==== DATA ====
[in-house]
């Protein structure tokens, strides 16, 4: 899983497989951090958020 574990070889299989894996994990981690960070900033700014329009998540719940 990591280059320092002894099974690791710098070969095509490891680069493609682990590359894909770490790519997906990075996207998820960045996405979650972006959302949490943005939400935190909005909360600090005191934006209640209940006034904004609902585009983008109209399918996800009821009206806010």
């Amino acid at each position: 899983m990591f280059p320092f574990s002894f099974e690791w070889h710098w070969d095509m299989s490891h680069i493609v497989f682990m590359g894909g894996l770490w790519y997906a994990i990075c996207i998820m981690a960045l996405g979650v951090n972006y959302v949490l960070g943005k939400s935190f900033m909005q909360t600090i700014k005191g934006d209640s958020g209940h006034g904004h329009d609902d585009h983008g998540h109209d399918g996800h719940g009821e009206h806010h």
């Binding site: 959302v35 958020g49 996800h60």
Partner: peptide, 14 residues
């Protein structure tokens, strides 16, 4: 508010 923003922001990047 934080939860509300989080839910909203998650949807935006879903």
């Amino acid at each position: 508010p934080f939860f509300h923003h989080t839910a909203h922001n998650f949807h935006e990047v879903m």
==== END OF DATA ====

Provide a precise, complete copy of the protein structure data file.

[in-house]
């Protein structure tokens, strides 16, 4: 899983497989951090958020 574990070889299989894996994990981690960070900033700014329009998540719940 990591280059320092002894099974690791710098070969095509490891680069493609682990590359894909770490790519997906990075996207998820960045996405979650972006959302949490943005939400935190909005909360600090005191934006209640209940006034904004609902585009983008109209399918996800009821009206806010």
């Amino acid at each position: 899983m990591f280059p320092f574990s002894f099974e690791w070889h710098w070969d095509m299989s490891h680069i493609v497989f682990m590359g894909g894996l770490w790519y997906a994990i990075c996207i998820m981690a960045l996405g979650v951090n972006y959302v949490l960070g943005k939400s935190f900033m909005q909360t600090i700014k005191g934006d209640s958020g209940h006034g904004h329009d609902d585009h983008g998540h109209d399918g996800h719940g009821e009206h806010h």
């Binding site: 959302v35 958020g49 996800h60």
Partner: peptide, 14 residues
């Protein structure tokens, strides 16, 4: 508010 923003922001990047 934080939860509300989080839910909203998650949807935006879903």
């Amino acid at each position: 508010p934080f939860f509300h923003h989080t839910a909203h922001n998650f949807h935006e990047v879903m």